Inverted Pyramids Make Better Press Releases

Want to write a better press release? Go to journalism school. If that’s not an option, brush up on the basics of news writing, such as the five ‘Ws’ and one ‘H’ and the inverted pyramid style. As the journo-nerds who read this blog have already figured out, my corny headline is a nod to the latter – the fading art of writing in inverted pyramid style, particularly when it comes to writing press releases. If you want to get more attention for your press releases, start incorporating the inverted pyramid concept into your writing

Inverted Pyramid? What the Heck Are You Talking About?

If you studied journalism in college (or are reading this post on your laptop during your Journalism 101 class), you already know what I’m talking about. For the benefit of those of you that didn’t go to J-school, the inverted pyramid is a traditional news reporting style designed to communicate the most important and relevant information at the beginning of the news story and information of diminished importance as the story progresses.

In the days when most news had to be communicated in a set number of column inches or read in a particular number of seconds, it was important to have all the most relevant information upfront, so only less-important information would be left out when the story was cut by editors. In case you missed the metaphor, an upside-down pyramid has more up top than at the bottom.

Why the Inverted Pyramid is More Important Than Ever

In the blogosphere and other digital outlets, there are few limitations to the amount of information you can share. If I wanted to make this blog post 5,000 words, I could. With the exception of Twitter, there are few limitations. With more space available, writers tend to bounce around from point to point. The most important information could be in the middle or end of a post. Don’t do that.

With only a few seconds to capture the attention of your audience, you really need to hit them with the most relevant information upfront. When you’re outlining your press release content, an outline from “most important” to “least important’ points you want to cover and write it from there. Most formal instruction on writing in the inverted pyramid style advises you to break the pyramid into three parts:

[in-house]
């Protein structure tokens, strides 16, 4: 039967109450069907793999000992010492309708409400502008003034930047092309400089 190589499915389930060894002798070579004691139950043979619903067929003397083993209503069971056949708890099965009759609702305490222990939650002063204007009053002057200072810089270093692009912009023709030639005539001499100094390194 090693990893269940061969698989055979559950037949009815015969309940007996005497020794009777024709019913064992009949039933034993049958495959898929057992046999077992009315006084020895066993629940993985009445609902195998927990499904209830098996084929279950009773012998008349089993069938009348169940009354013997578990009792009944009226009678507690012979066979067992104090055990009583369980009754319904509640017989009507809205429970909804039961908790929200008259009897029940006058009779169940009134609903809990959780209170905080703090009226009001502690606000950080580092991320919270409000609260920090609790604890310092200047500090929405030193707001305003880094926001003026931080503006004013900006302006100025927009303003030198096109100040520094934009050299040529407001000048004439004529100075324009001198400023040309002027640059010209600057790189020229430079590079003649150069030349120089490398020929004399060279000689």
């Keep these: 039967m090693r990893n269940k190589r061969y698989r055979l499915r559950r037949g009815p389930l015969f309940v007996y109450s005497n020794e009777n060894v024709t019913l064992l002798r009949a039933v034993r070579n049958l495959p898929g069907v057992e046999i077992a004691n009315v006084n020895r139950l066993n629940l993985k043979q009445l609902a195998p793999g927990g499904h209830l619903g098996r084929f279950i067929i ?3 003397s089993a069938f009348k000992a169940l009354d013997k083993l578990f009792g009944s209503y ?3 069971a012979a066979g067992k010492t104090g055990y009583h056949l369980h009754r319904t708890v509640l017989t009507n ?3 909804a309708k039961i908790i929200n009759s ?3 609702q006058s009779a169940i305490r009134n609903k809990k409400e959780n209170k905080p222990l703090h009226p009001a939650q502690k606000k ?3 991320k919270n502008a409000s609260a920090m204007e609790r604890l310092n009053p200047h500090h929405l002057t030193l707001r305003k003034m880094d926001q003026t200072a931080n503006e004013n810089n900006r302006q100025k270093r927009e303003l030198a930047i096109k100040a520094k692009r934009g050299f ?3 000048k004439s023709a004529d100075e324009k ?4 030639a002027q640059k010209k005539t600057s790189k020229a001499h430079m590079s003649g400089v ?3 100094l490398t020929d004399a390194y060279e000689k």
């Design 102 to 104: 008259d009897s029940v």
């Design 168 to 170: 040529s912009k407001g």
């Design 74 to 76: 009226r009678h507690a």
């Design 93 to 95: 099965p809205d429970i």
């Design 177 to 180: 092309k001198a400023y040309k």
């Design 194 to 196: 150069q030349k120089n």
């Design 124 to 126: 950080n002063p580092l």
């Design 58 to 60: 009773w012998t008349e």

• Part One – the opening paragraph (lead or lede), where you answer the questions who, what, why, when, where and how. This is the information that has to be in there for you to get your message across – the must have information.
  • Part Two – additional information that is helpful, but not necessary. This can be information that adds color or supporting information.
  • Part Three – the least important information. This is the ‘nice to have’, not the ‘need to have’ stuff.

That’s really it. It’s a simple but powerful concept. The more you start to adapt the inverted pyramid into your communications – particularly press releases – the more likely you are to generate interest and deliver your message. This also makes it easy for you to keep your press release short.

Bonus Tip: Shoot for 400 words or less on your press release. By writing shorter press releases, you’ll improve your chances of getting the release read and you’ll save on wire distribution charges (most services charge an extra over 400 words).

Do you agree or disagree? Do you use the inverted pyramid style in your writing?

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